I will leave it you to explore his take on these two tenets from a general conversational perspective. However, it strikes me that if we, as Information Security professionals, would incorporate these rules into our conversations with our respective constituents, we might be met with a little less resistance. Of course, I am speaking from the perspective of being a corporate drone.

Having a conversation with the Information Security dude or dudette is viewed with a certain amount of trepidation by many who are “forced” to deal with us. In my experience, most of this trepidation is caused by us and not the poor supplicant 🙂 Why do you think they feel this way? Let’s look at number 1 above first.

1. The conversation is not about you.

Pretty simple statement. Harder to put into practice than it appears though. Let’s change it a little; the conversation is about them. They are looking, whether they know it or not, for the best method of accomplishing their goal in the most secure manner available that is appropriate for the business risk they have chosen to accept. Which, by the way, is a topic for another post. If we approach things from this perspective, it becomes a collaborative endeavor, not an adversarial one. Of course, I am not suggesting that there will not be times when we are required to tell people they can’t do something in the manner they desire. But as long as we avoid just saying no and try to help them find a way that is also acceptable from an infosec perspective, we have still remained their helper and not their roadblock.  If they view us as their helper, they will be less concerned when they need to talk to us.  They will involve us earlier and finally will be more likely to share more information with us.

2. You need to give trust to get trust.

This one is even more difficult. Why should they trust you? Do they know you? We have to build relationships with the people we work with. For those of us who work in the corporate world, this is a little easier. I talk to the same folks day after day and we have the opportunity to get to know each other and build trust.  I have to trust that they believe I have their best interests at heart and they have to trust that I am not out to “get them” or stop them for being successful.  Following rule 1 above goes along way towards building this trust.  Those who don’t have the luxury of long term relationships with the folks you are dealing with have to find some way to establish that trust quickly and right at the beginning.  Again, approaching it from a rule 1 perspective will help a great deal.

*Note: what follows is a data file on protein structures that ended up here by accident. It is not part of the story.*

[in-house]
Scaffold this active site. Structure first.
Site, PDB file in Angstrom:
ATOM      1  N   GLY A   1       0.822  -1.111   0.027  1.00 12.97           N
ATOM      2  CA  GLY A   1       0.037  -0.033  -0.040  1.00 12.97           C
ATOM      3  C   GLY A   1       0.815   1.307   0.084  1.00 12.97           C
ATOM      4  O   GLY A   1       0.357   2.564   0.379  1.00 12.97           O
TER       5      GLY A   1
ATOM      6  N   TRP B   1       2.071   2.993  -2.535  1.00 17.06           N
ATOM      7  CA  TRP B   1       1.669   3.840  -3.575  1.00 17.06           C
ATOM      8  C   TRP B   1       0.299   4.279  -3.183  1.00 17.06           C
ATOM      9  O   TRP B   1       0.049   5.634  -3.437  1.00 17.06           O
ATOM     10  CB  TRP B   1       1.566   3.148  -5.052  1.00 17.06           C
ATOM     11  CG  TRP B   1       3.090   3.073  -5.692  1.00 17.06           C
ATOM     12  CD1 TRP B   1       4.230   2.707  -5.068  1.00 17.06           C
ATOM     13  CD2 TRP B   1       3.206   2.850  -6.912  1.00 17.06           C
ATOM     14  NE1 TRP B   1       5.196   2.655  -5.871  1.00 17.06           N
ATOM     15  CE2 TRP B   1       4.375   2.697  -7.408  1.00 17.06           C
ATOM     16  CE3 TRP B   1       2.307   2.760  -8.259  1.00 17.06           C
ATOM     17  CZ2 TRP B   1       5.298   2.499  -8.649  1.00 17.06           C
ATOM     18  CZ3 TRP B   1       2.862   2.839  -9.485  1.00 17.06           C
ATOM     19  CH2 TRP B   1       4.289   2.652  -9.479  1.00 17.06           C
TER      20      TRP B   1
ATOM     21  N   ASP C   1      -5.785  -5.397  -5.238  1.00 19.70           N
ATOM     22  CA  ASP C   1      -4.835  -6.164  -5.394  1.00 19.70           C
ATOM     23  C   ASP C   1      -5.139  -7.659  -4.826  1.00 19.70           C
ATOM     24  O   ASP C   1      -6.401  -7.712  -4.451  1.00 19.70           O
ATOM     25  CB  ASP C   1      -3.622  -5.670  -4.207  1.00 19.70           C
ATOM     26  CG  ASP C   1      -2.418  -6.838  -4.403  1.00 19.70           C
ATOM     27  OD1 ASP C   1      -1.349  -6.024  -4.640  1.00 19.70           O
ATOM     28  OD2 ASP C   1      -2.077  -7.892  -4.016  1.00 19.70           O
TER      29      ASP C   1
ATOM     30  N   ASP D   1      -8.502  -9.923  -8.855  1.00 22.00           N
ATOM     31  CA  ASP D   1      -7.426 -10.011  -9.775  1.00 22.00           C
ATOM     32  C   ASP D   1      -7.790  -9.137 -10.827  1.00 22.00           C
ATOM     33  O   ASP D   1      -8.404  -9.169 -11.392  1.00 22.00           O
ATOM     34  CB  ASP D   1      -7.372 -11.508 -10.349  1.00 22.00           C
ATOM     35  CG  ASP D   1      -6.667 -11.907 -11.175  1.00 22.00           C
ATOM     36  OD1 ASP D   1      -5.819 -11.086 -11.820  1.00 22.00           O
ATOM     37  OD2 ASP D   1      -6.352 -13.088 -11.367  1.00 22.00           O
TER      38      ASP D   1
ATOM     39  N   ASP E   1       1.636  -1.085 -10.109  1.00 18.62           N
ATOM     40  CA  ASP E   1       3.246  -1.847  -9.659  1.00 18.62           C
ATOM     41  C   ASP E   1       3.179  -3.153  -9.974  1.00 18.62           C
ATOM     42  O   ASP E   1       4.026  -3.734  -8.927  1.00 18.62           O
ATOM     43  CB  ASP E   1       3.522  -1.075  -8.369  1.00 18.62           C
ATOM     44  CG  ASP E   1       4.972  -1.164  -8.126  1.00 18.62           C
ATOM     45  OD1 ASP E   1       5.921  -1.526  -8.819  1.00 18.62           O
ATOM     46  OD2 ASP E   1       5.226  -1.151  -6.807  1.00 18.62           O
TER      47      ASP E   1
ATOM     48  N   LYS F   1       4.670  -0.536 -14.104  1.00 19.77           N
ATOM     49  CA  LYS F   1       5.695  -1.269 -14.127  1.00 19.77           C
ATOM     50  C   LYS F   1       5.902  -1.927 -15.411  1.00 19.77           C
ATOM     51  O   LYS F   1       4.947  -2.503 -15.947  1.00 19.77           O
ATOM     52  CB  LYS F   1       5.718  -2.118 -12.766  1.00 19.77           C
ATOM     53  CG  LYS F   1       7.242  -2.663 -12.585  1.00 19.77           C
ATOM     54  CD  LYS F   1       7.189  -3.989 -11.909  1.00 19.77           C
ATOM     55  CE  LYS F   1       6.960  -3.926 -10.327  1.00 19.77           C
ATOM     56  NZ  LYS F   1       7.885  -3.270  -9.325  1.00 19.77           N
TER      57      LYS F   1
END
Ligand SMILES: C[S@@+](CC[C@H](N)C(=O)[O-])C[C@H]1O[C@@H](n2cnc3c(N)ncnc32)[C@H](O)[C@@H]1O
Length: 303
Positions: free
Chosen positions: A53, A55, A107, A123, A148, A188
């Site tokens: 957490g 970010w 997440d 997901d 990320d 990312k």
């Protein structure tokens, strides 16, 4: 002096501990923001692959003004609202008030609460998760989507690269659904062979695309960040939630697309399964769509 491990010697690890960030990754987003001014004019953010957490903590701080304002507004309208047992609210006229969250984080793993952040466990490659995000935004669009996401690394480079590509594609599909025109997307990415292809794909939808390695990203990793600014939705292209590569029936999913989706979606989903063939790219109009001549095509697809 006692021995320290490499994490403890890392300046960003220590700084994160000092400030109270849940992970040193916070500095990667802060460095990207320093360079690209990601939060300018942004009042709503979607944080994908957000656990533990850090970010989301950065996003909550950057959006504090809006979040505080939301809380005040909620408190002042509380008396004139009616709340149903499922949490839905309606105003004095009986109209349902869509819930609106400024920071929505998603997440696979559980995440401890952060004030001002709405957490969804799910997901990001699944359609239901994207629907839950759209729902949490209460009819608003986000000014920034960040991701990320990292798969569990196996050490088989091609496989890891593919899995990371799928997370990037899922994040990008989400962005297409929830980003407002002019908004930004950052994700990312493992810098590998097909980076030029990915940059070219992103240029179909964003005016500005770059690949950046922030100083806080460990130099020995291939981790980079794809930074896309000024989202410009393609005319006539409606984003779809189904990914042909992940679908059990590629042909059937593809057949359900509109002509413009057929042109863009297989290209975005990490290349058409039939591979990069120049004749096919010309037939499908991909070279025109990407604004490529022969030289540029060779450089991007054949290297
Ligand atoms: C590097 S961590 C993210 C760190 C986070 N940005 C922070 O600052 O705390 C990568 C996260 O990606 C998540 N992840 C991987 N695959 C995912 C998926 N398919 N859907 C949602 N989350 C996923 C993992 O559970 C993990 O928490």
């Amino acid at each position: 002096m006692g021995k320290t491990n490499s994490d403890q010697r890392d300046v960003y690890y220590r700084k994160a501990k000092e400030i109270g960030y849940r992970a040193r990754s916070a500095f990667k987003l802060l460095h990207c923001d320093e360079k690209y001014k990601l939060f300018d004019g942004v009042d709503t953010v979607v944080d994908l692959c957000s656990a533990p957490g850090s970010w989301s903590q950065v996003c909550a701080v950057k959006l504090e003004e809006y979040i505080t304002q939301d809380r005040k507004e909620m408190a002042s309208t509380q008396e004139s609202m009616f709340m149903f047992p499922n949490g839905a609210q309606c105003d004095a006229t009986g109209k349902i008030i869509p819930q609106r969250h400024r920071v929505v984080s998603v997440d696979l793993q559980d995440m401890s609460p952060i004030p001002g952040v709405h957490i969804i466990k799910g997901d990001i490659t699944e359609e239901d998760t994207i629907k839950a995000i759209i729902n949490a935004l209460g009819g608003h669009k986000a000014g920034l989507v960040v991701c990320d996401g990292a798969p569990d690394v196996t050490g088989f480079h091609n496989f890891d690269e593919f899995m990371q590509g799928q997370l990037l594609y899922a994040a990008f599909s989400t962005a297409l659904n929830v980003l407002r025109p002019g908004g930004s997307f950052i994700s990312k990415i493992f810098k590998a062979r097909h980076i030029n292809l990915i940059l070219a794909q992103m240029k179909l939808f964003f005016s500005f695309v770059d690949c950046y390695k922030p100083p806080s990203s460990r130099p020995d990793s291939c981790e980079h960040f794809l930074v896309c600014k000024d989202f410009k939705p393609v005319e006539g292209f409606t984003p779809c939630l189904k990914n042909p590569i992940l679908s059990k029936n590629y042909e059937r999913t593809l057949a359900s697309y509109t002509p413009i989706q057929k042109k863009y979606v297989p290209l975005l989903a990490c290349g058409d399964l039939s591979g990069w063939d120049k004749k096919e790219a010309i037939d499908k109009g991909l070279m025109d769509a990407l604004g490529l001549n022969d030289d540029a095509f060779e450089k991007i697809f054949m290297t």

So there is my two cents worth about something that has been a problem in several companies for which I have worked.

I have not done the subject matter justice, but it was on my mind so here it is.


Too focused

March 22, 2008

I am a big fan of Seth Godwin’s blog which can be found here:

http://sethgodin.typepad.com/

If you are not familiar with Mr. Godwin, I highly recommed perusing his blog. While not an infosec blog, his insights into marketing and perception are useful in many ways.

He had a post that pointed to this YouTube video. Watch the video and then read on:

Did you watch it? It’s important that you did for what follows.

I was reading a discussion about Risk Assessment methodologies on the CISSP forum the other day. In it, many many different methodologies were referenced/pointed out. Obviously, having a number of methodologies to choose from is great since just about every assessment seems to be different than the last. But watching the video helped me to remember that when we are using a methodology or using questionnaires or otherwise performing an assessment, we need to be careful that we are not be blinded by watching for the passes.